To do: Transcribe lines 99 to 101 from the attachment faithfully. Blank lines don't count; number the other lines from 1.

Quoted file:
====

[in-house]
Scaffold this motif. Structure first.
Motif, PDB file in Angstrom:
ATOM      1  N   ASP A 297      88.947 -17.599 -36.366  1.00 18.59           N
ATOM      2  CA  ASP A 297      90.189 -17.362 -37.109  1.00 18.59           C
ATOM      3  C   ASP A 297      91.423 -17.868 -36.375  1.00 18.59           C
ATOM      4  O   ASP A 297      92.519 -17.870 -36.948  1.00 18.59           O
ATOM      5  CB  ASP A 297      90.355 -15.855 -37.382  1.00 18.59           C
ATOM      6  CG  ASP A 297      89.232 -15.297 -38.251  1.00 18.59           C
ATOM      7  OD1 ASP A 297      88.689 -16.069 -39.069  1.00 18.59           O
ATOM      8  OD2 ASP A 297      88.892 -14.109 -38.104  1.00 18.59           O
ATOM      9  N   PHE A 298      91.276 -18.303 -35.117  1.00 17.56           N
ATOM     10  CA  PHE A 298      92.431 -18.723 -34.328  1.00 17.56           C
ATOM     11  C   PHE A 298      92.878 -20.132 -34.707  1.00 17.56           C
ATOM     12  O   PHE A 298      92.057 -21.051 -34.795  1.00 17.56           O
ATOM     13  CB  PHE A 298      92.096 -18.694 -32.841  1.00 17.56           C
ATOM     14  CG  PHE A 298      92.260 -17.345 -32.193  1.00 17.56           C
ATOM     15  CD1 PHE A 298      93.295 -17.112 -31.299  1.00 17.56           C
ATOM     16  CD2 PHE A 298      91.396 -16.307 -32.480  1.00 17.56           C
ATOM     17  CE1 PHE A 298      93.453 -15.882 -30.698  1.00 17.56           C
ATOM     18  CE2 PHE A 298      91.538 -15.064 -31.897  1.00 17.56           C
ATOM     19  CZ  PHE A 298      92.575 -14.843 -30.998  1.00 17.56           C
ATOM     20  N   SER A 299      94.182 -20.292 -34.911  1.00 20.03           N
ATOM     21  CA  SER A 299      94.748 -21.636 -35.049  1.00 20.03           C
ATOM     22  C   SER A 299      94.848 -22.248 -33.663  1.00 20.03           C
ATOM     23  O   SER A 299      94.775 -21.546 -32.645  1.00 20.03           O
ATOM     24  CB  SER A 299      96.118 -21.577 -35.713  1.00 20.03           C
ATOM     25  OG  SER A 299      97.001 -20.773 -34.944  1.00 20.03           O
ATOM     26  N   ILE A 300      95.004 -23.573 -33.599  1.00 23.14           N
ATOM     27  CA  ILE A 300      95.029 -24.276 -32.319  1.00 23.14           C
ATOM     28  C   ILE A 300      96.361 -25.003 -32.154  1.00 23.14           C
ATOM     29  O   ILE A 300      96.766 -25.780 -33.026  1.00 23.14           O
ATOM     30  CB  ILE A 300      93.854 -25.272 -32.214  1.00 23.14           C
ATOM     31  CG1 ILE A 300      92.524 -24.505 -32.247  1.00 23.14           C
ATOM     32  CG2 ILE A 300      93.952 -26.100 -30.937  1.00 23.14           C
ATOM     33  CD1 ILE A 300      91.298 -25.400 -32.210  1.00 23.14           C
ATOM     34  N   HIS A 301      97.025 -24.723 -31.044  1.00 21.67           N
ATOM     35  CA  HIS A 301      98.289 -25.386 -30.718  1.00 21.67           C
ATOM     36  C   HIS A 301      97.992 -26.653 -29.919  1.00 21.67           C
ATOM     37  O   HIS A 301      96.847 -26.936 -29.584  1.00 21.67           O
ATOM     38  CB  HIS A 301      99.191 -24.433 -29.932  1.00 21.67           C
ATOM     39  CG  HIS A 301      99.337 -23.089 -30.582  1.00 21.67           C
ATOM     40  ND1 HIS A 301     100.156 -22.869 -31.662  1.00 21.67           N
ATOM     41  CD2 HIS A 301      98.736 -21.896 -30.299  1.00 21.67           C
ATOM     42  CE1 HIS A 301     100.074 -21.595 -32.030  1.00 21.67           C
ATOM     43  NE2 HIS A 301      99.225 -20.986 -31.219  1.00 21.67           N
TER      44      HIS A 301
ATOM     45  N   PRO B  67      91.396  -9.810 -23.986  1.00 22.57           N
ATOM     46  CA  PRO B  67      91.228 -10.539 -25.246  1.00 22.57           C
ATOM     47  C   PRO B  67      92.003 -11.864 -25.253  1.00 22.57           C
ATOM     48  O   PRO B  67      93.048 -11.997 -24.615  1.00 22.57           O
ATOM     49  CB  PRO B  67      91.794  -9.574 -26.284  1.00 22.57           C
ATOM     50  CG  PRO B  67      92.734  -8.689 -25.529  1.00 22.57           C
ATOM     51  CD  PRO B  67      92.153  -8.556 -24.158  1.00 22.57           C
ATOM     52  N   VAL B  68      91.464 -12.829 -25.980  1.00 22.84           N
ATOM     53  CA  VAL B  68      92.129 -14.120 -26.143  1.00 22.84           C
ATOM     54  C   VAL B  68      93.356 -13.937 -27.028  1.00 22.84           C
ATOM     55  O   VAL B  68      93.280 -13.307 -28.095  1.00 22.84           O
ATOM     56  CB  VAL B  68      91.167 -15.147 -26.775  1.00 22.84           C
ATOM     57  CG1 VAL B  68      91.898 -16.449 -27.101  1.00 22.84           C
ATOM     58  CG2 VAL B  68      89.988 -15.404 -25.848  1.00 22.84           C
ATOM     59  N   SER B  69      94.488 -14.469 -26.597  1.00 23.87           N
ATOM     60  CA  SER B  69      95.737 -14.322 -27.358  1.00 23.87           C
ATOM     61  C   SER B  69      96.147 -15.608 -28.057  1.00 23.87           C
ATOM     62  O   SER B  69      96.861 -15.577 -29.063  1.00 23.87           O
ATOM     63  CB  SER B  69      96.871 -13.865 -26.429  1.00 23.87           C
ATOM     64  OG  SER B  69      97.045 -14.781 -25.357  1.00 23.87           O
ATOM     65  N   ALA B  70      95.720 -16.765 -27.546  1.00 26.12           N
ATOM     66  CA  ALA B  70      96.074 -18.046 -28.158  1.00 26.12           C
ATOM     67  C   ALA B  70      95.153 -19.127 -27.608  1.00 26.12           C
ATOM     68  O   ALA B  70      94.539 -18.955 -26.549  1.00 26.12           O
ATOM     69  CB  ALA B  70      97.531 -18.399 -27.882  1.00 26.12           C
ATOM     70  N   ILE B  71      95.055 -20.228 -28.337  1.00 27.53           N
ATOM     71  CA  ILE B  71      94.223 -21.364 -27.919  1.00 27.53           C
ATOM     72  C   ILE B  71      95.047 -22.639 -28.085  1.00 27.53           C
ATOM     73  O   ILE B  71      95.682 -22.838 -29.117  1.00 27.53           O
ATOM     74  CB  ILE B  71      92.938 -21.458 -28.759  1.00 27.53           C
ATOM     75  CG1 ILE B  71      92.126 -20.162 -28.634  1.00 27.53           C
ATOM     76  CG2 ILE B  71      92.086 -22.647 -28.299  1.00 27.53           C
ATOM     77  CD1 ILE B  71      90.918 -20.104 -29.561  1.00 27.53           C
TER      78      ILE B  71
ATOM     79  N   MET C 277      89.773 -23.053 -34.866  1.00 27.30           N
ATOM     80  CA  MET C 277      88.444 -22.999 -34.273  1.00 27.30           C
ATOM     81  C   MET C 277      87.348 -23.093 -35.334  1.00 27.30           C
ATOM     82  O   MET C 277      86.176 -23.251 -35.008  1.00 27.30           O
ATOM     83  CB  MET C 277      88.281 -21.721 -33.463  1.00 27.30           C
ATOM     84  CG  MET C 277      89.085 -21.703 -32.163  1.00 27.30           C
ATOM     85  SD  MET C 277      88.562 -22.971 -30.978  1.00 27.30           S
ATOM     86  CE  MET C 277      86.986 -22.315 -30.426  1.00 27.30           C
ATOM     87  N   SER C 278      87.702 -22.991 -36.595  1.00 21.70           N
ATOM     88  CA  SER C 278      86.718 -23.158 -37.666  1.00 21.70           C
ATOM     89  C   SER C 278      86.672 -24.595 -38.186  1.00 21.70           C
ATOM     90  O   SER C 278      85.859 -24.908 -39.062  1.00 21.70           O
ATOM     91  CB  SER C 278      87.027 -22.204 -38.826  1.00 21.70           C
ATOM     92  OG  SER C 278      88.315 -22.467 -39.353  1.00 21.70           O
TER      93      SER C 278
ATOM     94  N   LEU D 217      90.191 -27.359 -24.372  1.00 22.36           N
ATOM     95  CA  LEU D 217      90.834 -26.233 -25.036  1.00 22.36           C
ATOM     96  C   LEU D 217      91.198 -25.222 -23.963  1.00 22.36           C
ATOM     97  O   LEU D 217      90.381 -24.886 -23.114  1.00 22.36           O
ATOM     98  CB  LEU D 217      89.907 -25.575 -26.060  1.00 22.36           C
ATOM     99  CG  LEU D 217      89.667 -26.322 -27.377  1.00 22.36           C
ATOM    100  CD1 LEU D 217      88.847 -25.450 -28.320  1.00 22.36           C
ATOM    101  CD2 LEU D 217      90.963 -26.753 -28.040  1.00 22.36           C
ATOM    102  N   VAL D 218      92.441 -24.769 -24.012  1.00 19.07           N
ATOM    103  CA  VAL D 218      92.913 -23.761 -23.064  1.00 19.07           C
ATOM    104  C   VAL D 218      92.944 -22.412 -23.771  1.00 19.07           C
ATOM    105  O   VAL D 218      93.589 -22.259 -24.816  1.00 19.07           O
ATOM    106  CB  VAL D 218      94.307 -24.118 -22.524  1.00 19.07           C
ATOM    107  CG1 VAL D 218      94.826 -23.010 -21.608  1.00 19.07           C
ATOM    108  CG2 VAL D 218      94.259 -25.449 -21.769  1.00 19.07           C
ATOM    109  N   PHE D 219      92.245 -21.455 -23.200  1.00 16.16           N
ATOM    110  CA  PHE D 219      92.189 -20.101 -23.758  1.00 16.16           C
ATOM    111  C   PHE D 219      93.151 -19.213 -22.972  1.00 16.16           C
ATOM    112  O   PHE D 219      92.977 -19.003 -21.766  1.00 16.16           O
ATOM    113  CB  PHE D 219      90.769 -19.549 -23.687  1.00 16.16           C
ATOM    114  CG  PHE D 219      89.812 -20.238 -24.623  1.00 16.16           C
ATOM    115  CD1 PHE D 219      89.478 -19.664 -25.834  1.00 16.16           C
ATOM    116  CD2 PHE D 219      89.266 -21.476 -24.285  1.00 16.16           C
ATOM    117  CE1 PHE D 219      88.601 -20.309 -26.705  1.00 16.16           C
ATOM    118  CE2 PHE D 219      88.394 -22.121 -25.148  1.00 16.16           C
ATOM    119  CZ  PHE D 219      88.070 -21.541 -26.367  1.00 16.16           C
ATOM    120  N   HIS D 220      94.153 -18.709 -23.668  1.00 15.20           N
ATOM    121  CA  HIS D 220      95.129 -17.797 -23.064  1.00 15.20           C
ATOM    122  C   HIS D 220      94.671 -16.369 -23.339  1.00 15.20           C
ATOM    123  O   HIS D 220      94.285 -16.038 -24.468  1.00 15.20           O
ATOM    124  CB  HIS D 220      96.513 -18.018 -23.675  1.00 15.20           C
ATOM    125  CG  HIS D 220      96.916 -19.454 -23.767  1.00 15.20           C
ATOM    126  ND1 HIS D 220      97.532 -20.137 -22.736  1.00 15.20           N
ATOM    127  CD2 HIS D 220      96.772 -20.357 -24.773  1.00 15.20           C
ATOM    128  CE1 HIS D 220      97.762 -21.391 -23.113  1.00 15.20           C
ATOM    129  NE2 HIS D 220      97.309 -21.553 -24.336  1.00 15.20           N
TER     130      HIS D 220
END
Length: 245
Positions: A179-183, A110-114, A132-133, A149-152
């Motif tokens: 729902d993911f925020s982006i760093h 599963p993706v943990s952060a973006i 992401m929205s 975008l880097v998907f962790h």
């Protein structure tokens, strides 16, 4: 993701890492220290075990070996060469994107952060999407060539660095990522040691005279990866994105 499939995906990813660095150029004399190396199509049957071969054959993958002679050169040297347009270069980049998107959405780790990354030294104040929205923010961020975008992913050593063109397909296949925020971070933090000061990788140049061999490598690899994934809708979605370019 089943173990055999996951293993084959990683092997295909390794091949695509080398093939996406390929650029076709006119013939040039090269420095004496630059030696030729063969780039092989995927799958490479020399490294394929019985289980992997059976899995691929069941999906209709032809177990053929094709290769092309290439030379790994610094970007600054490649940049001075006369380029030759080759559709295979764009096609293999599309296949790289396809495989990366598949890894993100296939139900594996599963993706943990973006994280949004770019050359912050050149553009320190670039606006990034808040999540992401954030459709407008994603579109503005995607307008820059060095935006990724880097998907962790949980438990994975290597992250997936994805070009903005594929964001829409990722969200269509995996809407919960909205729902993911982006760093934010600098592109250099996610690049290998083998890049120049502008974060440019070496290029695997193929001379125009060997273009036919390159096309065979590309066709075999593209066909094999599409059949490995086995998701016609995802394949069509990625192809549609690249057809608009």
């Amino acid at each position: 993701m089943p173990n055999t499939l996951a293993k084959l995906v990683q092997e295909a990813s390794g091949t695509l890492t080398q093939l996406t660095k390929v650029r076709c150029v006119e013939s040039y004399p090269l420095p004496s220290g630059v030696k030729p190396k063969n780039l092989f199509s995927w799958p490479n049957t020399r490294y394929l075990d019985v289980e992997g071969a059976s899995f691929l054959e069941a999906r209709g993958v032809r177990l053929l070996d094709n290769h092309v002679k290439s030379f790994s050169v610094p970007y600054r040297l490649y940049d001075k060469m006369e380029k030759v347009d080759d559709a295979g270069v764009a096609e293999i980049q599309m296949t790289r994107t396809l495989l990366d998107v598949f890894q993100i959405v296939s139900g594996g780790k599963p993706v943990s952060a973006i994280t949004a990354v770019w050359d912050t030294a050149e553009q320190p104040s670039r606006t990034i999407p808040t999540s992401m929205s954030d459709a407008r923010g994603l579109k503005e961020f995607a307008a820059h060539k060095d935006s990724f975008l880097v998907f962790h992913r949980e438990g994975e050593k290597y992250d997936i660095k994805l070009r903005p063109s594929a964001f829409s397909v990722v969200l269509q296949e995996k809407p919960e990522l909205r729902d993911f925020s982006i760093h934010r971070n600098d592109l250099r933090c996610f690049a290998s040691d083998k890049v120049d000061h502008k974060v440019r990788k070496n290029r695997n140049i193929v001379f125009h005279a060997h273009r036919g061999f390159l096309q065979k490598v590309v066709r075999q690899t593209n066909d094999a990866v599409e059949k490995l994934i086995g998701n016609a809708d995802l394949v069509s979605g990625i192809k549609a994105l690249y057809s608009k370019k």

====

ATOM     96  C   LEU D 217      91.198 -25.222 -23.963  1.00 22.36           C
ATOM     97  O   LEU D 217      90.381 -24.886 -23.114  1.00 22.36           O
ATOM     98  CB  LEU D 217      89.907 -25.575 -26.060  1.00 22.36           C